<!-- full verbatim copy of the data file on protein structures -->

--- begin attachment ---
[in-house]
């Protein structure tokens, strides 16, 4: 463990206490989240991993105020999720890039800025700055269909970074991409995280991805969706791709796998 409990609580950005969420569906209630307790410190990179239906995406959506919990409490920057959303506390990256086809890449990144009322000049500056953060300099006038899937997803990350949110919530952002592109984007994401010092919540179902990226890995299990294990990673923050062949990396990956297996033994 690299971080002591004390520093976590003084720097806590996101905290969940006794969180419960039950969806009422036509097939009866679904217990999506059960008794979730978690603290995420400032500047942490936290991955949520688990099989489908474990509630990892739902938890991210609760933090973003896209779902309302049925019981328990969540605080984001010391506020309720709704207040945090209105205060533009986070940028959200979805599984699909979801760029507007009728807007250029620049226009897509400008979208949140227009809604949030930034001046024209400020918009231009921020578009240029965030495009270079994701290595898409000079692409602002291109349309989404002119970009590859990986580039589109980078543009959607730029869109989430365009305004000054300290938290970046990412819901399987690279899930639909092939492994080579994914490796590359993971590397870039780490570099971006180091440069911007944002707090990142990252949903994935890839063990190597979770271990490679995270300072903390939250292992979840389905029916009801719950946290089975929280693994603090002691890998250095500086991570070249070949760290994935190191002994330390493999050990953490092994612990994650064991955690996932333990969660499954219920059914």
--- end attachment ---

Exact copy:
[in-house]
């Protein structure tokens, strides 16, 4: 463990206490989240991993105020999720890039800025700055269909970074991409995280991805969706791709796998 409990609580950005969420569906209630307790410190990179239906995406959506919990409490920057959303506390990256086809890449990144009322000049500056953060300099006038899937997803990350949110919530952002592109984007994401010092919540179902990226890995299990294990990673923050062949990396990956297996033994 690299971080002591004390520093976590003084720097806590996101905290969940006794969180419960039950969806009422036509097939009866679904217990999506059960008794979730978690603290995420400032500047942490936290991955949520688990099989489908474990509630990892739902938890991210609760933090973003896209779902309302049925019981328990969540605080984001010391506020309720709704207040945090209105205060533009986070940028959200979805599984699909979801760029507007009728807007250029620049226009897509400008979208949140227009809604949030930034001046024209400020918009231009921020578009240029965030495009270079994701290595898409000079692409602002291109349309989404002119970009590859990986580039589109980078543009959607730029869109989430365009305004000054300290938290970046990412819901399987690279899930639909092939492994080579994914490796590359993971590397870039780490570099971006180091440069911007944002707090990142990252949903994935890839063990190597979770271990490679995270300072903390939250292992979840389905029916009801719950946290089975929280693994603090002691890998250095500086991570070249070949760290994935190191002994330390493999050990953490092994612990994650064991955690996932333990969660499954219920059914």